Any good Namibia safari goes along the Skeleton Coast. Shipwrecks are scattered along the coast, giving it its name. What’s most impressive is that here, the sand dunes get all the way to the Ocean. This is the only area of the country where the sun doesn’t shine all day and the air isn’t terribly dry: in fact, it can be quite hazy!
Swakopmund is a small city located on the Atlantic coast and a fantastic place for any adventure sports lover. There’s plenty of things to do – sand boarding, sky diving, walking in the desert are just a few of them. To top this off, the restaurant scene is fantastic, with a great selection of places to enjoy the most delicious seafood. Visiting is one of the unmissable things to do in Namibia.
Here are some tour options if you want to visit Swakopmund:
- Half-Day Swakopmund Tour from Walvis Bay
- Guided Local Highlights Tour in Swakopmund
- Full-Day Guided Spitzkoppe Tour
- Scenic Desert Bike Tour
- Township Walking Tour with a Local Guide
Make sure to read my post A Great Guide To Swakopmund, Namibia.
Spend A Night Out In Windhoek
Fair enough, Windhoek certainly isn’t the most interesting of capitals. Most travelers use it as a base to start their Namibia safari, and end up spending a few nights there. The good news is that there’s a few good places to hang out. One of them is Joe’s Beer Home. A favorite of the locals, tourists go there to try exotic meats such as kudu and zebra. Personally, I don’t think this is one of the things to do in Namibia. But to each their own!
Windhoek has a good selection of places to stay. Here are my favorite ones:
- C’Est La Vie is a lovely guest house with clean, comfortable rooms, located in a safe and quiet neighborhood. The owners are real stars. There’s two dogs, 3 cats, a parrot and a rooster on the site, so it’s the place to be for animal lovers. Click here for the best prices and here for reviews.
- Windhoek Gardens is a fantastic boutique hotel with incredibly spacious rooms, each different from one another. The common areas are cozy, and breakfast is superb. Click here for the best prices and here for reviews.
- Hilltop Guest House has fabulous views over the city, and spacious, comfortable rooms. Click here for the best prices and here for reviews.
Tours in Namibia
If you’d rather go on a group tour to Namibia, there are a lot of great options and some also include neighboring countries as well.
- Wonders of Namibia – In this classic, NatGeo-inspired tour, you can spend 10 days circling Namibia. The tour includes Windhoek, Etosha NP, Paimwag, Twyfelfontein, Swakopmund, Namib-Naukluft NP, and Sesriem. Check here for more information
- Cape & Dunes Overland – Choose either the southbound (14 days) or northbound (13 days) direction through Namibia and South Africa. The tour will take you to Cape Town, Cederberg, Gariep River, Namib Desert, Fish River Canyon NP, Swakopmund, Spitzkoppe, Etosha NP, and Windhoek. Check here for more information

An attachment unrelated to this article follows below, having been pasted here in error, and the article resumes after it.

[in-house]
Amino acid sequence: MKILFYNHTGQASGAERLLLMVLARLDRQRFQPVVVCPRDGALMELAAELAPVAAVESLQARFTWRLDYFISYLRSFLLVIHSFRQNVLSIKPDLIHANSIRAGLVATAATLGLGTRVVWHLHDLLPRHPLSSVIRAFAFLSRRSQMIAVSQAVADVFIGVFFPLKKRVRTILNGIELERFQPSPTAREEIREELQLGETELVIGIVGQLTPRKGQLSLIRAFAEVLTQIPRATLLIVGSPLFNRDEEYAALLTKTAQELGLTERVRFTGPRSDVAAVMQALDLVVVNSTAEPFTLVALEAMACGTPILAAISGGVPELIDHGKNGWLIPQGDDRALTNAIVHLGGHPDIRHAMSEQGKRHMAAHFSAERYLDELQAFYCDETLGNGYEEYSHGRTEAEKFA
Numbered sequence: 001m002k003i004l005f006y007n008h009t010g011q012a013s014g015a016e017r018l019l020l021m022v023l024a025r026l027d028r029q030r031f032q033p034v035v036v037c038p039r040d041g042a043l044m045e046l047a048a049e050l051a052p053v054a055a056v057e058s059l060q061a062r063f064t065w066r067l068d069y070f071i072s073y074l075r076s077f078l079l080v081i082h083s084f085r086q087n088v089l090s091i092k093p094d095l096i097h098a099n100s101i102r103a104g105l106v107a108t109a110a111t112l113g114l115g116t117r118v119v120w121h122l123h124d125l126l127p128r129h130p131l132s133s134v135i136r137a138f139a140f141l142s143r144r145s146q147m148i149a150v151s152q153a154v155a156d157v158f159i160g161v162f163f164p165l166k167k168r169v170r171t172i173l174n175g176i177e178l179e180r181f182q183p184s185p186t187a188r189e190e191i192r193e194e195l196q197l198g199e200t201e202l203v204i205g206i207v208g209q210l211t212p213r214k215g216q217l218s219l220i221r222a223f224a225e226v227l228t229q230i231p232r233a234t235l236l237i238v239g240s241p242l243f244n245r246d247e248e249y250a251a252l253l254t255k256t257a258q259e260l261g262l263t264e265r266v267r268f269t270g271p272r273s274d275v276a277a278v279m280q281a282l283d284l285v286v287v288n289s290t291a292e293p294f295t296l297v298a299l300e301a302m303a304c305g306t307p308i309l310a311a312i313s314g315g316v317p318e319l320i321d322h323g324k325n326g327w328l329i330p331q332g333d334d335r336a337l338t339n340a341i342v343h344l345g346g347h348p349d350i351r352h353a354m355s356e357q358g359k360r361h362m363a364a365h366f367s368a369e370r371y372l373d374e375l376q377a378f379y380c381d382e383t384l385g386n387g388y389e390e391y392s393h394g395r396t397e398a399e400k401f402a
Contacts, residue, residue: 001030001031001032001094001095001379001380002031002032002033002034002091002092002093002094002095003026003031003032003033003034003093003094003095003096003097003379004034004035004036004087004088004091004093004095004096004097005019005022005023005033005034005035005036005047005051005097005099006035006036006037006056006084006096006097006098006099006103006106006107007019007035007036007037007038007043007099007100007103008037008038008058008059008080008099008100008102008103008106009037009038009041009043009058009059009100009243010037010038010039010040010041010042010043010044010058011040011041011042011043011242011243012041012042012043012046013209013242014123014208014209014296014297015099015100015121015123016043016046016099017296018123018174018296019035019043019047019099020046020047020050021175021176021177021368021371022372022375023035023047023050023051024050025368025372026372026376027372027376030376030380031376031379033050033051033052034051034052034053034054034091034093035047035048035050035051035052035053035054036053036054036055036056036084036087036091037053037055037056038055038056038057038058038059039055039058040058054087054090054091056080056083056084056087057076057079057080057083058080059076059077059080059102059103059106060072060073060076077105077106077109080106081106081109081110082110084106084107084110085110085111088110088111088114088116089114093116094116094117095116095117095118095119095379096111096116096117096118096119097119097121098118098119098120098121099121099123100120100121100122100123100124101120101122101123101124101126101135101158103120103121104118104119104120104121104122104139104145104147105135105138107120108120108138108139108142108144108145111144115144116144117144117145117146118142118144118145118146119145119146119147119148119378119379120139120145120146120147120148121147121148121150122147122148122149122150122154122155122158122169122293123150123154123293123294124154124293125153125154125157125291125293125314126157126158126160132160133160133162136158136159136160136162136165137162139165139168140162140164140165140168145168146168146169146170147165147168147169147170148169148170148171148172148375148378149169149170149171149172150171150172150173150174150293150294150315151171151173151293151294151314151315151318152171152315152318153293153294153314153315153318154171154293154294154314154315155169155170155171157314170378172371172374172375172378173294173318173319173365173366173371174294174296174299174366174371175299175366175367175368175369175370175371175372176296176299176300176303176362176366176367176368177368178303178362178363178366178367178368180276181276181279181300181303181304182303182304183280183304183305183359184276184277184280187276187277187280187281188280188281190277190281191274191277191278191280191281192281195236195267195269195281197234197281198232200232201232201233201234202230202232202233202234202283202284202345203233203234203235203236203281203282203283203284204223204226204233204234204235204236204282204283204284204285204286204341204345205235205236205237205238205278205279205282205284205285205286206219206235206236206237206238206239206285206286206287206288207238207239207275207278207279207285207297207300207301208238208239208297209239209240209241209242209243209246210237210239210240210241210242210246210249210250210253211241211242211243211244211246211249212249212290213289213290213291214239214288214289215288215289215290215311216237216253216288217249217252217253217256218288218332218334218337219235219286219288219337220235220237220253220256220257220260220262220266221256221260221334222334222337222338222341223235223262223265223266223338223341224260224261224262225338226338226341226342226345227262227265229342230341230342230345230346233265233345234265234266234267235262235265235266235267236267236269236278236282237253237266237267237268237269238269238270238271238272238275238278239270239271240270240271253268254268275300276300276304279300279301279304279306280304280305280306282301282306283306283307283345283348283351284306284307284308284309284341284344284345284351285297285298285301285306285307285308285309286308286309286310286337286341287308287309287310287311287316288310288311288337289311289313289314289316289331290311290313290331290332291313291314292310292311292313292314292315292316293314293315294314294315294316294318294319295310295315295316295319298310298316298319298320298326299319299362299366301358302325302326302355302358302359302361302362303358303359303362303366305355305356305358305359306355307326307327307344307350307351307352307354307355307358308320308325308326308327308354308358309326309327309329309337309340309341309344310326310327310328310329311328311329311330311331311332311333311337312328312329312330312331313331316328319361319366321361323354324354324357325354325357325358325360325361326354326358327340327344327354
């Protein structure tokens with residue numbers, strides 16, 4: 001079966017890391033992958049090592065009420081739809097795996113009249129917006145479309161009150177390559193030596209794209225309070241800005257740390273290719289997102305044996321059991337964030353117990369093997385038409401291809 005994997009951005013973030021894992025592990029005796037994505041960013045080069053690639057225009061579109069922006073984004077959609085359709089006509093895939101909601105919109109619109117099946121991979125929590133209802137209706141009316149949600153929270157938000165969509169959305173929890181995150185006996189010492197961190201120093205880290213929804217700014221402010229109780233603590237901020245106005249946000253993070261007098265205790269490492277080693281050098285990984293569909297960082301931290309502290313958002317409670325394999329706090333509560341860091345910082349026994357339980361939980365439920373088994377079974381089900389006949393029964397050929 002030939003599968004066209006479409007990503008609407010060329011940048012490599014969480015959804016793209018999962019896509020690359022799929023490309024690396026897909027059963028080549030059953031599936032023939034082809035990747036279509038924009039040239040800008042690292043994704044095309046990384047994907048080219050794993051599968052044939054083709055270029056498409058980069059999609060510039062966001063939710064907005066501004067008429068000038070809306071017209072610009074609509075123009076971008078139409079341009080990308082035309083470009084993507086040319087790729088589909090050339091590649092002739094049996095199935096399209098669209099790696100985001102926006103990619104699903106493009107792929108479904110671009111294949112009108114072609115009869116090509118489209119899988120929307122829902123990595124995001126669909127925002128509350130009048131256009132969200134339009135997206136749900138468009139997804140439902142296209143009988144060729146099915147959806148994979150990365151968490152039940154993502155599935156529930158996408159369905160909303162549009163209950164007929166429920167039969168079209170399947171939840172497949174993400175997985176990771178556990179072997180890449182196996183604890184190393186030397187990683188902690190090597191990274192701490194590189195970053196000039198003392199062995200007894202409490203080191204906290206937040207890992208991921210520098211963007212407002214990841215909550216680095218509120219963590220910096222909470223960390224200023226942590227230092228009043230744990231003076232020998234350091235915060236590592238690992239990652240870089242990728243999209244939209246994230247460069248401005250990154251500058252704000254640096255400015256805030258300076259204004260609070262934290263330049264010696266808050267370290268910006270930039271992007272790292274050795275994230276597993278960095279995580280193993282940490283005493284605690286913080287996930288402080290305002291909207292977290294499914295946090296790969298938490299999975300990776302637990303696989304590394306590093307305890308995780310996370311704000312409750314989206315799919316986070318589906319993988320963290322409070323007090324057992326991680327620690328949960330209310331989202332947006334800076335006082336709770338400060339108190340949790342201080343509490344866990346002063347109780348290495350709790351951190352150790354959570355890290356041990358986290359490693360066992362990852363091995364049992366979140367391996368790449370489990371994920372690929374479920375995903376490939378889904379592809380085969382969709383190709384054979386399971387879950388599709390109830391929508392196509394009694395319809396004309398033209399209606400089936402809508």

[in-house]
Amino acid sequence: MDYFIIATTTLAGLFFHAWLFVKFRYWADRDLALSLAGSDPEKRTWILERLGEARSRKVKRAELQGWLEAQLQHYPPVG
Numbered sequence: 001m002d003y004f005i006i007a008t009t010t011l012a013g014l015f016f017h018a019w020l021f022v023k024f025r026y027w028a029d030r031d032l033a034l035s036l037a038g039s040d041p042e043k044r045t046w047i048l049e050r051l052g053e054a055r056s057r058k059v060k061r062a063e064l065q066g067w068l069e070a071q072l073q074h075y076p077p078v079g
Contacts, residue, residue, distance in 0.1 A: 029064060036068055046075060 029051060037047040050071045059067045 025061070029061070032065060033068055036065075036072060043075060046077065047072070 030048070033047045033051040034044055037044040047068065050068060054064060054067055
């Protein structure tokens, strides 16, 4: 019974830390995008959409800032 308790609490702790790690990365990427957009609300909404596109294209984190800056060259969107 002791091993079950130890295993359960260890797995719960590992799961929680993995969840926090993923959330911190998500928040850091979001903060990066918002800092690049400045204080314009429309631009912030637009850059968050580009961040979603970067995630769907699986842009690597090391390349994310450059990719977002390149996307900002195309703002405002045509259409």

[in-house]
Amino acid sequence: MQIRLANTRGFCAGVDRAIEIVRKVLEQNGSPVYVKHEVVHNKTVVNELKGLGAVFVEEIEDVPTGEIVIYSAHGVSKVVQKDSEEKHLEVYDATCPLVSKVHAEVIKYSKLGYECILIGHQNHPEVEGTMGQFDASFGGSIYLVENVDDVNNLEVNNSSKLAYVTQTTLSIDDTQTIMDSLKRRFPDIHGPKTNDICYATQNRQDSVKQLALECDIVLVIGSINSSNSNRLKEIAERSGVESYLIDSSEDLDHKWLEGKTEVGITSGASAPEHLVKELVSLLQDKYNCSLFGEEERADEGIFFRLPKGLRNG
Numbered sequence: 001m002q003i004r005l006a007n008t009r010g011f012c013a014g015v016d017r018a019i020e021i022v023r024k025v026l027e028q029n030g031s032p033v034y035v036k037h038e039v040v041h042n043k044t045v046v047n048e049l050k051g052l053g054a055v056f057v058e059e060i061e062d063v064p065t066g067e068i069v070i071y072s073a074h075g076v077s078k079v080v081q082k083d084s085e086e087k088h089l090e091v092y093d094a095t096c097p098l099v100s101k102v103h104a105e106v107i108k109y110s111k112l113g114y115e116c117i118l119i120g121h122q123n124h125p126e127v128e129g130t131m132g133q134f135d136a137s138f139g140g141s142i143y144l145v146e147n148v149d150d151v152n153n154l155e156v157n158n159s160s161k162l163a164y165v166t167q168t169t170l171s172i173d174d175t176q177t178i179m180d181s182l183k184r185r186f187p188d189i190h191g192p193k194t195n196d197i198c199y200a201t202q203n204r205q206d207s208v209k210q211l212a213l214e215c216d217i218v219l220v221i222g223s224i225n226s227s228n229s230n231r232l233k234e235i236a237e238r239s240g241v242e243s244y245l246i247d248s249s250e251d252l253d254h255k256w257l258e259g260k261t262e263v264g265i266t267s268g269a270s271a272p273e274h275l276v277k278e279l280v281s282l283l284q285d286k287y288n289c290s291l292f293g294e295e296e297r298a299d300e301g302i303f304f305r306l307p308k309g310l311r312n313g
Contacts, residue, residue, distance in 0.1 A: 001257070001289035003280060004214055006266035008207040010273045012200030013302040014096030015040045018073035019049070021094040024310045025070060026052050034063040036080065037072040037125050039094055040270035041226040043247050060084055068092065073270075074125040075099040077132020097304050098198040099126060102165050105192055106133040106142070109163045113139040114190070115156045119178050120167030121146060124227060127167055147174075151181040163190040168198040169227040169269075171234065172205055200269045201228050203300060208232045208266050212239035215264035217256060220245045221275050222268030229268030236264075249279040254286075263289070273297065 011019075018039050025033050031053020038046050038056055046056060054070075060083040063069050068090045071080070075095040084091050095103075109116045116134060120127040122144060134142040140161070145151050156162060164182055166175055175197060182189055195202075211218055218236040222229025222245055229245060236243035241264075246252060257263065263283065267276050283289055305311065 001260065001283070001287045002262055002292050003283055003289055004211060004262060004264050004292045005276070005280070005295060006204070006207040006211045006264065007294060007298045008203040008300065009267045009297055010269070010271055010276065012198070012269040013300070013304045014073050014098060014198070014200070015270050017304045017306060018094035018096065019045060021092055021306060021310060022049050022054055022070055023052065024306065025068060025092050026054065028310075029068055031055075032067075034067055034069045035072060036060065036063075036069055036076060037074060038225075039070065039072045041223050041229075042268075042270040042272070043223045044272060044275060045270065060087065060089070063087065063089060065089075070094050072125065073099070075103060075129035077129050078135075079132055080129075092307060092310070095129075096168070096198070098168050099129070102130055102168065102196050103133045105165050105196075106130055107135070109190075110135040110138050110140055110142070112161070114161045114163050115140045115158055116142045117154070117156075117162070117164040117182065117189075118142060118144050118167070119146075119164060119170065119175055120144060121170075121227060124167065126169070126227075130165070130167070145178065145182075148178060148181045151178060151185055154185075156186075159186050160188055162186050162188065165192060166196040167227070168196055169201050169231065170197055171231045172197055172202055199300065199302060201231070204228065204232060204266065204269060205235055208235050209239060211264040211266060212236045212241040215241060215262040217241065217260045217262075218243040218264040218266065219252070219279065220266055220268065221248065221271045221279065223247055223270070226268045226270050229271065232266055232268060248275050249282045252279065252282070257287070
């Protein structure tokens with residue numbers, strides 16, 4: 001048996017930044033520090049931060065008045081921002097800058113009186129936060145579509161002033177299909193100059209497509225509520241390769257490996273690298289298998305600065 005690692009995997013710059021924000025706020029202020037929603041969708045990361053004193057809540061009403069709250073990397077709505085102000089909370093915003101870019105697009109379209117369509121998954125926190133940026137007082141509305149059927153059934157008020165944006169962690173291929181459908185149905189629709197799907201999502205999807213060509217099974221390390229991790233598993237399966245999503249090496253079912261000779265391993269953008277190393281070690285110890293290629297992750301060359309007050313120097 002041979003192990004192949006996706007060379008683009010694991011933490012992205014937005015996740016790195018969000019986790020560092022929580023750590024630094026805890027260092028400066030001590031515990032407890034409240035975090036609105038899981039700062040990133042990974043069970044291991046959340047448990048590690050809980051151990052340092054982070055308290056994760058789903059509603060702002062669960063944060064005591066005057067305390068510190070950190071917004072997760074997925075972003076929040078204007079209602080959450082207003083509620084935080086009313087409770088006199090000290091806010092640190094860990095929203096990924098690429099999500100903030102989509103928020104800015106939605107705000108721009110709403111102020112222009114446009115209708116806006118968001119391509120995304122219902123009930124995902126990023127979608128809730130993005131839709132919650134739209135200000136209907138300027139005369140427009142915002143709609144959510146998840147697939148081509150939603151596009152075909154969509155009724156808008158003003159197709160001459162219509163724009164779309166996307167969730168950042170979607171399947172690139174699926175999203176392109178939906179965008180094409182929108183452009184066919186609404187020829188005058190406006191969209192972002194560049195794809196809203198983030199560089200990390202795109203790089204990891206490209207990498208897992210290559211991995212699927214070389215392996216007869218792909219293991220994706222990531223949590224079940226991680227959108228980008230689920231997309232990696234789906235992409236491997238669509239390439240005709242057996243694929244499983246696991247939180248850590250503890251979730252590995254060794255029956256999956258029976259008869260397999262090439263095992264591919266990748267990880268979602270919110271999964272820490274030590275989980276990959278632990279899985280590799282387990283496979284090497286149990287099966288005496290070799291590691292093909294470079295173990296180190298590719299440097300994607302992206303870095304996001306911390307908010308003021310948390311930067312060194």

- Discover Namibia & Victoria Falls – This 12 day tour covers mostly Namibia — WIndhoek, Etosha NP, Palmwag, Twyfelfontein, Swakopmund, Namib-Naukluft NP, and Sesriem, but it also goes to Zimbabwe’s Victoria Falls. Check here for more information
- Classic Cape and Namibia Adventure – If you have a bit more budget, you can enjoy this 12-day tour that begins in Cape Town, goes through Lambert’s Bay, Gariep River, Fish River Canyon NP, Namib Desert, Swakopmund, Etosha NP, and ends in Windhoek. Check here for more information
How To Get To Namibia
The main airport in Namibia is Hosea Kutako International Airport, which is at about 45 minutes east of Windhoek, the country’s capital. South African Airways runs direct flights from Cape Town and Johannesburg. Air Namibia also has direct flights Gaborone, Botswana’s capital. There also are direct flights to other African countries, and some intercontinental flights too.
One of the nicest things to do in Namibia is getting there by bus, which is possible to those that already are in Southern Africa. This is the most budget friendly way to travel across the continent. Intercape Mainliner runs services to and from Cape Town, Victoria Falls, and Johannesburg. Traveling to and from Botswana is not nearly as easy: it is a mix of local buses and taxis, with no real departure and arrival times. As it was so uncertain, I resolved to fly from Maun to Windhoek via Johannesburg.
One of the coolest things to do in Namibia is self-driving. It is possible to cross the border in the northwest of South Africa, at the Vioolsdrift/Nordoewer land crossing. Other land crossings between Namibia and South Africa include: Mata Mata, Rietfontain, Nakop, Onseepkans, Sendelingsdrif, and Alexander Bay. It’s also possible to cross easily from Botswana, Zambia, and Angola. You can check the price of car rental in Namibia here.
Traveling Around Namibia
Namibia is one of the easiest African countries to travel around. One of the nicest things to do in Namibia is renting a car, better if a 4×2 (click here for some good deals), and drive around. Keep in mind that I do not recommend doing this to solo travelers: the driving times can be very long, the desert hard to cope with, and in case of emergency there’s hardly other cars around to ask for help. Sure enough I don’t like the idea of being stuck in the desert with nobody to help me!
Thus, especially if traveling alone I recommend joining a guided tour.
Whichever way you decide to travel around the country, getting travel insurance is a must do in Namibia. You can find a good one here.
When To Visit Namibia
Namibia is a great place to visit at any time of year. I went in June, and it was pleasantly hot (but never unbearable) and dry during the day, and very cold at night. My sister went in October, and she told me the same thing. Sure enough, one of the best things to do in Namibia is being prepared for the weather and layering up, especially at night.
Have you ever been to Namibia? What are the things to do in Namibia that you enjoyed the most?
Are you planning a longer trip to Africa? Make sure to read my posts: